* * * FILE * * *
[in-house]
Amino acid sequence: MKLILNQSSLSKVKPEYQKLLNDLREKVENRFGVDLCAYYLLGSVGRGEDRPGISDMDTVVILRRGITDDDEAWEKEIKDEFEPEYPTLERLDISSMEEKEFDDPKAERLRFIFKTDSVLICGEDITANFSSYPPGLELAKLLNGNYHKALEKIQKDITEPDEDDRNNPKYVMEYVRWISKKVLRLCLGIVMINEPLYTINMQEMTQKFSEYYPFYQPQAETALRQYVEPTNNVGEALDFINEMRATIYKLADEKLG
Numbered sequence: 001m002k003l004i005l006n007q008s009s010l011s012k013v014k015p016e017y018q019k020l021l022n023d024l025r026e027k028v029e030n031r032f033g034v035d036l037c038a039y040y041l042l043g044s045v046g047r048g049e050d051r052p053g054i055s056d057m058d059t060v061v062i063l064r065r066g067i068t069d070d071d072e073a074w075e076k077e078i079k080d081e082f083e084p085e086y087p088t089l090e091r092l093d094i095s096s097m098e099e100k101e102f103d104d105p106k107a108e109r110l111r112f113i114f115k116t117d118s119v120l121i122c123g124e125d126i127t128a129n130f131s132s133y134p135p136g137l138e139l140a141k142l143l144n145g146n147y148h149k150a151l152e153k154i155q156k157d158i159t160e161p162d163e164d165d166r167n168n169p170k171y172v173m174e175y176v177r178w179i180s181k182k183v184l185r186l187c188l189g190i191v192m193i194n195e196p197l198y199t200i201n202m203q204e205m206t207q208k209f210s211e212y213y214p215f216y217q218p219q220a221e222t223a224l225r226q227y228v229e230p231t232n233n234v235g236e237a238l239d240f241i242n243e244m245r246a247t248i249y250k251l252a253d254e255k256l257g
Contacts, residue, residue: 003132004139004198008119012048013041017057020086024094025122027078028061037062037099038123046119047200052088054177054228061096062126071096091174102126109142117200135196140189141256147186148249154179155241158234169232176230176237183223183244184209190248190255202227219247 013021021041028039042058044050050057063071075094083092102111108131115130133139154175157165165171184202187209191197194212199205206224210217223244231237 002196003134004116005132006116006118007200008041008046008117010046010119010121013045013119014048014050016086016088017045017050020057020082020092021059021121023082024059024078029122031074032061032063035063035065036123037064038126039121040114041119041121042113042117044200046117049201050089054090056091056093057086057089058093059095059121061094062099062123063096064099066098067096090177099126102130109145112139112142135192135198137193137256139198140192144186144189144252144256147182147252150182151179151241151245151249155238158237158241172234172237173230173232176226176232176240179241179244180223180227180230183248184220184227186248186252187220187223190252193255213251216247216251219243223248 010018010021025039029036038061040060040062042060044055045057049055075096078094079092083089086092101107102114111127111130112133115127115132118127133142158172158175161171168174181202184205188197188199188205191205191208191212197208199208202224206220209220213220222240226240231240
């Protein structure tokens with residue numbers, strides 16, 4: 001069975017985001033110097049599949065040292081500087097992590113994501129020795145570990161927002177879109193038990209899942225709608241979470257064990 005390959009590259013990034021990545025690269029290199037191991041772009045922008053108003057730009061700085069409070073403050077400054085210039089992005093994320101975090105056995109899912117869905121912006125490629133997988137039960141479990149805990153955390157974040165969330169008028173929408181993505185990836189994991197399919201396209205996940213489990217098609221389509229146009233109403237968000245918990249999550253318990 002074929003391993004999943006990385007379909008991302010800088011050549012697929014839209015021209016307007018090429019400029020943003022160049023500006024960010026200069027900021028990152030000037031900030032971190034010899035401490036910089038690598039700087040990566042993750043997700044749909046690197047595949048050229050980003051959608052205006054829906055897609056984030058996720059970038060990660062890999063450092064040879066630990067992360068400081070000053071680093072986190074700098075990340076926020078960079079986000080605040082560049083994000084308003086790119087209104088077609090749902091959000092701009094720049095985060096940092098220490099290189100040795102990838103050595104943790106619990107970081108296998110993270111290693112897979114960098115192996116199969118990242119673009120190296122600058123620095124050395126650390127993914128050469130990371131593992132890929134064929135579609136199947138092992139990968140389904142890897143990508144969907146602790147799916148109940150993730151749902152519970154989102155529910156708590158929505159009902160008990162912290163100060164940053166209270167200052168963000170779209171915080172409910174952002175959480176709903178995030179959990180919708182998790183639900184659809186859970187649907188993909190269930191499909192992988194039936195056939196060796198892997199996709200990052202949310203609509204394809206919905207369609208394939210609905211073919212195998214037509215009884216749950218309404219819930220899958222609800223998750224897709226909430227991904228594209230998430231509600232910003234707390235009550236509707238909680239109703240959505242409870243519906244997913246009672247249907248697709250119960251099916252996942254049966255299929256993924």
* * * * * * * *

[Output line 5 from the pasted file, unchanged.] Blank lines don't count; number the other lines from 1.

């Protein structure tokens with residue numbers, strides 16, 4: 001069975017985001033110097049599949065040292081500087097992590113994501129020795145570990161927002177879109193038990209899942225709608241979470257064990 005390959009590259013990034021990545025690269029290199037191991041772009045922008053108003057730009061700085069409070073403050077400054085210039089992005093994320101975090105056995109899912117869905121912006125490629133997988137039960141479990149805990153955390157974040165969330169008028173929408181993505185990836189994991197399919201396209205996940213489990217098609221389509229146009233109403237968000245918990249999550253318990 002074929003391993004999943006990385007379909008991302010800088011050549012697929014839209015021209016307007018090429019400029020943003022160049023500006024960010026200069027900021028990152030000037031900030032971190034010899035401490036910089038690598039700087040990566042993750043997700044749909046690197047595949048050229050980003051959608052205006054829906055897609056984030058996720059970038060990660062890999063450092064040879066630990067992360068400081070000053071680093072986190074700098075990340076926020078960079079986000080605040082560049083994000084308003086790119087209104088077609090749902091959000092701009094720049095985060096940092098220490099290189100040795102990838103050595104943790106619990107970081108296998110993270111290693112897979114960098115192996116199969118990242119673009120190296122600058123620095124050395126650390127993914128050469130990371131593992132890929134064929135579609136199947138092992139990968140389904142890897143990508144969907146602790147799916148109940150993730151749902152519970154989102155529910156708590158929505159009902160008990162912290163100060164940053166209270167200052168963000170779209171915080172409910174952002175959480176709903178995030179959990180919708182998790183639900184659809186859970187649907188993909190269930191499909192992988194039936195056939196060796198892997199996709200990052202949310203609509204394809206919905207369609208394939210609905211073919212195998214037509215009884216749950218309404219819930220899958222609800223998750224897709226909430227991904228594209230998430231509600232910003234707390235009550236509707238909680239109703240959505242409870243519906244997913246009672247249907248697709250119960251099916252996942254049966255299929256993924």